Do you remember the last letter you received from someone?
And we have certainly enjoyed our relocation’s! Texas. Alaska. Texas. Alaska. Washington. My wife jokingly says we are the TATAWA family! My kids can add several other states to their own – Nevada, Oregon and California. And who knows how many more will be added before life slows us down!
Particularly, I remember the “going away” parties. Heartfelt goodbye’s and maybe even a little bit of jealousy on those staying while I’m leaving, or me leaving while others are staying. Gifts. Pat on the back. Attaboy’s. Stay in touch. Call me.
Good sentiments, but for the most part we know we’ll never stay in touch.
There are several good contacts, friends everyone, that I have enjoyed keeping the lines of communication open. In each state there are several special people. Close friends. We text, email, call, and even sometimes meet face to face! More than the secular jobs, there are a number of folks from various churches throughout the years that I really enjoy staying in touch with.
To each of you, and you know who you are, thank you for being good friends through the decades!
With this I reflect on perhaps the greatest letter writer in the Bible! Apostle Paul. His ministry and epistles to churches and saints in the countries that he reached were blessed by his desire to communicate. In person. And by letter. Every place he went, he left people behind that he stayed in contact with. In that olden time of penning letters, his greetings always seemed to refer to the audience, including some by name, and his closures always referenced someone. Sometimes for the good, and sometimes for the bad. He may have had someone writing for him. In several of his epistles he makes a remark that lets us know it may be another writer, but his hand stamp of approval was on the letter being sent!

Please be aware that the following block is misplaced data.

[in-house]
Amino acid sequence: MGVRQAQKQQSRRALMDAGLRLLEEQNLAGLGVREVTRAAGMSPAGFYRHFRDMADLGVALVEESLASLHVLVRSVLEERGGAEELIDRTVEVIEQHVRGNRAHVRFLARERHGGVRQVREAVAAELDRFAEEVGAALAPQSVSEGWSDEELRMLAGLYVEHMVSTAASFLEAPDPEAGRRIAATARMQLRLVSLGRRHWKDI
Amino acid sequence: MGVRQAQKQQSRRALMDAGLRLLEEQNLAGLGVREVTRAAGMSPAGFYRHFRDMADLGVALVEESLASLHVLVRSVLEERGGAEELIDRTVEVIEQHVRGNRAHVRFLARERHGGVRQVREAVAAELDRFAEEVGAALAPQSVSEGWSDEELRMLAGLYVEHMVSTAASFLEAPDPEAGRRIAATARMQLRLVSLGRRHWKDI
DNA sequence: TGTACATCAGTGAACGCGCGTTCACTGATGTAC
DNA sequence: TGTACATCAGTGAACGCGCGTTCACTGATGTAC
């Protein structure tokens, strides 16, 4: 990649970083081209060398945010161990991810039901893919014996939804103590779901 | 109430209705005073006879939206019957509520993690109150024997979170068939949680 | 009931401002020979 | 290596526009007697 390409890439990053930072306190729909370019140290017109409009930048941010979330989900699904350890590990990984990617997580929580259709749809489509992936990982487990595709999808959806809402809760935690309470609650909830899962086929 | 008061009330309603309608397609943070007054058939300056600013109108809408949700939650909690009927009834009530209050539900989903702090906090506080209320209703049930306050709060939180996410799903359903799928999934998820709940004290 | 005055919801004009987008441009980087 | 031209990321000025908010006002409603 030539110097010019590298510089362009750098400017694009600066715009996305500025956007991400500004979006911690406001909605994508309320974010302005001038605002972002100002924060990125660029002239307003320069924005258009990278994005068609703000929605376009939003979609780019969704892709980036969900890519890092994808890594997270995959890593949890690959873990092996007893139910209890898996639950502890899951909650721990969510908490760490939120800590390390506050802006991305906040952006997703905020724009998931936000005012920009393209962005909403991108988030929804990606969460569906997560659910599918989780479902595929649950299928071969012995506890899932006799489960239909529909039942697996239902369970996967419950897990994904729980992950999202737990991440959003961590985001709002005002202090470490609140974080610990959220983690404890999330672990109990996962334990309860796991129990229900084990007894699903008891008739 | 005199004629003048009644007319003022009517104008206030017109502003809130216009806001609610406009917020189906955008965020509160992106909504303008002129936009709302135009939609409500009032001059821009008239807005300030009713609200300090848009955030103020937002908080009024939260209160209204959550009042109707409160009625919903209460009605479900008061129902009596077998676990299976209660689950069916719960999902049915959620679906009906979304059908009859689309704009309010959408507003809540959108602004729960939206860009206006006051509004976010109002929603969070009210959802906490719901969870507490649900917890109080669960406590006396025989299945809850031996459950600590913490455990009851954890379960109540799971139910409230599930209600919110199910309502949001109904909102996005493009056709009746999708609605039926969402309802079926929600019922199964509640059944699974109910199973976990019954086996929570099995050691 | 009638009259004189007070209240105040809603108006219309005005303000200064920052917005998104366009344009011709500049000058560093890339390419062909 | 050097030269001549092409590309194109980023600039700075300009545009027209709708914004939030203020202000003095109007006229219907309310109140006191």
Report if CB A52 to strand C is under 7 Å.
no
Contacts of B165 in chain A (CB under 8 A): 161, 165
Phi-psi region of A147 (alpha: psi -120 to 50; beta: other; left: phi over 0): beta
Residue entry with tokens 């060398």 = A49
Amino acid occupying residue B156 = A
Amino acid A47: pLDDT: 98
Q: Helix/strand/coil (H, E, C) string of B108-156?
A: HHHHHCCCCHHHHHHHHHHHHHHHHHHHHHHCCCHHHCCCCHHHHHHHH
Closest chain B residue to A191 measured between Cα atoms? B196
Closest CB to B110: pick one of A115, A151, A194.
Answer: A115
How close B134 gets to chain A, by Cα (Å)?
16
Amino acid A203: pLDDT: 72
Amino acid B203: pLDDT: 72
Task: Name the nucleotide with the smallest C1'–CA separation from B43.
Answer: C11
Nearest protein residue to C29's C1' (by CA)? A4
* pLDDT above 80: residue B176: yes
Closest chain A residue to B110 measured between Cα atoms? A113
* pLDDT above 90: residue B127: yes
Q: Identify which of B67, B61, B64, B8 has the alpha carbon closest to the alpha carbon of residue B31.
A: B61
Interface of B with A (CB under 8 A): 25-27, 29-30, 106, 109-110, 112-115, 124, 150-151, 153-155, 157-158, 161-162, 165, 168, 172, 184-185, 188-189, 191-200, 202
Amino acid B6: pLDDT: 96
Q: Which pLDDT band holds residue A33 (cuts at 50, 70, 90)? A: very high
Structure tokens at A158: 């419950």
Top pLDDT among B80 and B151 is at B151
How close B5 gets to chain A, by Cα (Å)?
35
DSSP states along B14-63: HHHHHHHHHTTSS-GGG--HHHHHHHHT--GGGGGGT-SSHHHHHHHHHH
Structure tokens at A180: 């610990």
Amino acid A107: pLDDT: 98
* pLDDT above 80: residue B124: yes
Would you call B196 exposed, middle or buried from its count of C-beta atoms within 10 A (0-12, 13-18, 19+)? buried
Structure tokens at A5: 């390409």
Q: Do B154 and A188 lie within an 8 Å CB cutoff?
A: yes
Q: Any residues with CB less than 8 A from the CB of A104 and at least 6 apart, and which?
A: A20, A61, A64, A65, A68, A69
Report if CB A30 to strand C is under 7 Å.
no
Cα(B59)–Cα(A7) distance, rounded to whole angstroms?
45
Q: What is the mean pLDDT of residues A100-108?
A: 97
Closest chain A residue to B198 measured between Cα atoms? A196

The salutation with my own hand—Paul’s. (1 Corinthians 16:21 NKJV)
This salutation by my own hand—Paul. Remember my chains. Grace be with you. Amen.
(Colossians 4:18 NKJV)
The salutation of Paul with my own hand, which is a sign in every epistle; so I write.
(2 Thessalonians 3:17 NKJV)
One greeting and closure stands out. It is perhaps his last letter recorded. It’s his second letter to his protege, Timothy.
Paul, an apostle of Jesus Christ by the will of God, according to the promise of life which is in Christ Jesus, To Timothy, a beloved son: Grace, mercy, and peace from God the Father and Christ Jesus our Lord. I thank God, whom I serve with a pure conscience, as my forefathers did, as without ceasing I remember you in my prayers night and day, greatly desiring to see you, being mindful of your tears, that I may be filled with joy, when I call to remembrance the genuine faith that is in you, which dwelt first in your grandmother Lois and your mother Eunice, and I am persuaded is in you also. Therefore I remind you to stir up the gift of God which is in you through the laying on of my hands. (2 Timothy 1:1-6 NKJV)
Greet Prisca and Aquila, and the household of Onesiphorus. Erastus stayed in Corinth, but Trophimus I have left in Miletus sick. Do your utmost to come before winter. Eubulus greets you, as well as Pudens, Linus, Claudia, and all the brethren. The Lord Jesus Christ be with your spirit. Grace be with you. Amen. (2 Timothy 4:19-22 NKJV)
He was close to Timothy and opens with words of fondness for Timothy, and closes with greetings to others.
It seems his instructions to Timothy may actually be extended to the idea that Timothy should be the extension of Paul to all the others. “Greet” them (Salute in the KJV) comes from a Greek word that may implicate that he was to “embrace” them in his absence. I can almost see Timothy reaching out to others as instructed by Paul…and sharing his greetings.
We all do this without even thinking about it. “Tell dad I said hello.” It’s often me telling mom this because dad does not like to talk on the phone much! If he answers, then he will quickly pass it over to mom.
I have found that birthday, anniversary and Christmas cards are sweet replacements of the letters from old. I have a collection of them that I’ve squirreled away against that day that I want to reconnect with you, even if only in my mind and heart.
Till I graduated high school, grandmother used to write me a letter (and also to all her grandkids) and send a birthday letter with 2 dollars. I wish I had kept those letters! I know I did not keep the money!
One last thought. My wife and I wrote volumes to each other during our courtship. Notes and messages posted on the house and cars, even a few on the bulletin board at work! I even had one notarized! We still have some of them. Next time you see her, ask where they are. Go ahead. I dare you! Tell her that I said, “I love you!”…